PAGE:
CSG Law Alert: Scammers Exploiting Corporate Transparency Act To Get Your Private Information

With the Corporate Transparency Act (“CTA”) going into effect on January 1, 2024, it should come as no surprise that bad actors are already exploiting the new law to collect personal information from companies and use it for unlawful purposes.

As we discussed in an earlier CSG Law client alert, The Corporate Transparency Act: How Will It Impact Your Business?, the U.S. Department of Treasury’s Financial Crimes Enforcement Network (“FinCEN”) will require certain companies to disclose ownership information about the company and the individuals who directly or indirectly own or control the company (“Beneficial Owners”). The information that must be reported about a company’s Beneficial Owners includes personal information about such individuals such as their name, date of birth, home address, and a unique identifying number (such as a passport number, driver’s license, or identification document issued by a governmental agency) and a picture of the identification document containing the unique identifying number. This information will be required to be submitted through a secure filing system available on FinCEN’s website.

The Better Business Bureau recently alerted the public to a scam in which bad actors are sending official-looking letters in the mail addressed from the “United States Business Regulations Department, Corporate Transparency Act Division, Process and Filing Center” and titled “Important Compliance Notice” or a similarly official-appearing notice, in which the recipient is advised that it has “reporting obligations under the Corporate Transparency Act” and must report ownership information by visiting a website or scanning a QR code. The letter may include unlawfully obtained personal information about the recipient and an official-looking seal and watermark to make the letter seem legitimate.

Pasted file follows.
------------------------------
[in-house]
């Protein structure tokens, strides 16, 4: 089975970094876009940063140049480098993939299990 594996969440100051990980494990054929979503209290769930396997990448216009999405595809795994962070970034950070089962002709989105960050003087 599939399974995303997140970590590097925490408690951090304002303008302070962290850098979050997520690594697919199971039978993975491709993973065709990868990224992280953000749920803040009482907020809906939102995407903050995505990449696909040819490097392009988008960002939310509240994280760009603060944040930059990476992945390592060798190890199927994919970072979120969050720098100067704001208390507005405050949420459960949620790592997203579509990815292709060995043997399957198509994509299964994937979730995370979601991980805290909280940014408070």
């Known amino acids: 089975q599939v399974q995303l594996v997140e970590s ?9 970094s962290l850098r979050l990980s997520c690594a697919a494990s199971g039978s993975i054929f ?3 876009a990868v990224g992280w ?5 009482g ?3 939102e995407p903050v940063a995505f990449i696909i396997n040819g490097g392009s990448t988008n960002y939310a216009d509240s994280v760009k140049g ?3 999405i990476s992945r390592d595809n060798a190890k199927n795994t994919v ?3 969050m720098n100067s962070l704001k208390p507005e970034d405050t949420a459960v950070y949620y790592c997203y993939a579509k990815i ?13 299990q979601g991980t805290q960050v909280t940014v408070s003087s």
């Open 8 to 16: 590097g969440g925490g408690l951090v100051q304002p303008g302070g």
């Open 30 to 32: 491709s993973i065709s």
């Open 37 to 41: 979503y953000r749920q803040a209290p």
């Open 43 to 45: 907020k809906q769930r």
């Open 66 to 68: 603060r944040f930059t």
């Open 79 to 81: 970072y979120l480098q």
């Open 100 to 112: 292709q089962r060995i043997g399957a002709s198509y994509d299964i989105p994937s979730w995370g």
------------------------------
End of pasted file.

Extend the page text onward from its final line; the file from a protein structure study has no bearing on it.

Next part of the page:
While the scams reported to date have been transmitted through the mail, it is reasonable to assume that bad actors will also use email, facsimile, and other means to try to lure victims to share sensitive information about Beneficial Owners. FinCEN has not indicated that it intends to send letters or reach out to businesses or individuals regarding the CTA or requesting personal information. Furthermore, FinCEN has advised that it will not start accepting reports under the CTA before January 1, 2024.

If you receive a letter relating to the CTA from what appears to be a governmental entity, you should disregard the letter and report it to the Better Business Bureau Scam Tracker. Do not visit any website referenced in any such communications, scan codes or click on links. If you are unsure whether a communication is legitimate, you can visit FinCEN’s official website at Beneficial Ownership Information Reporting | FinCEN.gov, or contact your CSG Law attorney.

Note also that when companies are compiling the necessary data about its Beneficial Owners, it should take appropriate, reasonable measures to protect the integrity, confidentiality, and availability of this information, to guard against unauthorized use of or access to such data. Please contact your CSG Law attorney for more information regarding the CTA and measures that companies can and should take to secure the personal data they collect and to protect against and to detect scams. Further, if you do fall victim to this or any other scam, your CSG Law attorney and our incident response team is here to help.